Nosebleeds, also called epistaxis, commonly occur in children for a number of reasons.
What Are Nosebleeds and What Causes Them?
Nosebleeds, also called epistaxis, commonly occur in children for a number of reasons. Bleeding usually comes from the front part of the nose where a plexus of blood vessels sit. The nasal lining is also very thin here and the vessels can break open easily and bleed. Dryness of the lining of the nose and trauma (from picking or from being hit in the nose) can also cause bleeding. Rarely bleeding can come from the blood vessels in the very back of the nose instead.
How Are Nosebleeds Evaluated?
In most cases, physical examination by your doctor or ENT surgeon will reveal blood vessels close to the surface of the nose in the front of the nasal septum. If nasal bleeding occurs very frequently or if bleeding is more difficult to control than normal, your doctor may recommend lab work to check for disorders of bleeding or of blood clotting. Your ENT surgeon may also recommend a flexible nasopharyngoscopy if the bleeding that occurs is not typical.
How Can Nosebleeds Be Prevented?
The majority of nosebleeds can be prevented with moisturizing the nose. Typically application of ointment like Vaseline or antibiotic ointment, or of coconut oil, by Q-Tip to the nose daily will help to prevent bleeding. Use of a nasal saline spray or gel may also help to moisturize the nose. Use of a home humidifier or in-room humidifier may also be helpful, especially during winter months.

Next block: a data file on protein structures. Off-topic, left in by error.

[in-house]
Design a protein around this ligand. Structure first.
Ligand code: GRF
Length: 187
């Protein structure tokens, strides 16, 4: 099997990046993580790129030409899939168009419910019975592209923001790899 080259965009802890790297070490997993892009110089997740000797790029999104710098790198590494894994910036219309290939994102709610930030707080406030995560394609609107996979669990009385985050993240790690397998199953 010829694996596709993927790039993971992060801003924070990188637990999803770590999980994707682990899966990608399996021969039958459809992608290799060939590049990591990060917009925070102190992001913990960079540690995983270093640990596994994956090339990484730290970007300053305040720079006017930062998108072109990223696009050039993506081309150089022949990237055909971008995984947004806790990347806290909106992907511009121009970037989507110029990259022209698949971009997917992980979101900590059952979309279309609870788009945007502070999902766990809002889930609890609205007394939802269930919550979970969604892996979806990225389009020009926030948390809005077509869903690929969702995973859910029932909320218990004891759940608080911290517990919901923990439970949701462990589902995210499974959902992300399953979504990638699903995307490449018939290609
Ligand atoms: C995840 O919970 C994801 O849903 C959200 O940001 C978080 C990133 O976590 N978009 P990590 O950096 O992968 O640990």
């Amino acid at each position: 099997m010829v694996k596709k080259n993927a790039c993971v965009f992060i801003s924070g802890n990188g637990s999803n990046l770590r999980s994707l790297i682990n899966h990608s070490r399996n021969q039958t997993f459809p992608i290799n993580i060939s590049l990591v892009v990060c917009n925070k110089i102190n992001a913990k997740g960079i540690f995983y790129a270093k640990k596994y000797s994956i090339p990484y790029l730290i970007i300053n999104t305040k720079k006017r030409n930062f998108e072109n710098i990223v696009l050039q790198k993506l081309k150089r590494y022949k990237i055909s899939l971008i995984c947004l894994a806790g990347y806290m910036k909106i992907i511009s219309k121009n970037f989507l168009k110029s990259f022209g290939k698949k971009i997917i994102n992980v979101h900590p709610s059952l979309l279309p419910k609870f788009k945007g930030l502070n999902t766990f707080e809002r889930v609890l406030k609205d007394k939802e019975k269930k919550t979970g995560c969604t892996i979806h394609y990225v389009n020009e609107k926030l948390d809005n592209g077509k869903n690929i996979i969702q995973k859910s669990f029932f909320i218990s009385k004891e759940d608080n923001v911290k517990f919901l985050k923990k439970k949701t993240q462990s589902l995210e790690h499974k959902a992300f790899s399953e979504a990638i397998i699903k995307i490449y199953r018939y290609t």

Avoiding trauma to the nose is also helpful in preventing nosebleeds. Avoid picking or rubbing the nose, especially in children who are prone to frequent nosebleeds.
How Are Nosebleeds Treated?
To stop an active nosebleed, have your child sit upright and lean slightly forward. Hold firm steady pressure by pinching the nostrils together on the soft part of the nose below the bone. Do this for at least five minutes without stopping to check if the bleeding has stopped. After five minutes, check for continued bleeding, and if still present, apply pressure for another five minutes. If bleeding continues after this, you should seek immediate medical attention.
If bleeding is frequent or recurrent, your ENT surgeon may recommend a nasal cautery procedure procedure to seal the blood vessels closed. This procedure takes only a few minutes and can be done in the office in older children and requires a brief anesthesia in younger children.
You Might Also Be Interested In
In this Helping Hand™, we discuss nosebleeds. Also known as epistaxis, nosebleeds occur when small and delicate blood vessels (capillaries) in the lining of the nose break and bleed. There are many things you can do to stop a nosebleed. If your child’s nosebleed does not stop, call your doctor.
What Is the Right Way to Stop a Nosebleed?
At some point during childhood, almost every kid will have a nosebleed. Here are some tips about caring for nosebleeds – and when it’s time to get your pediatrician involved.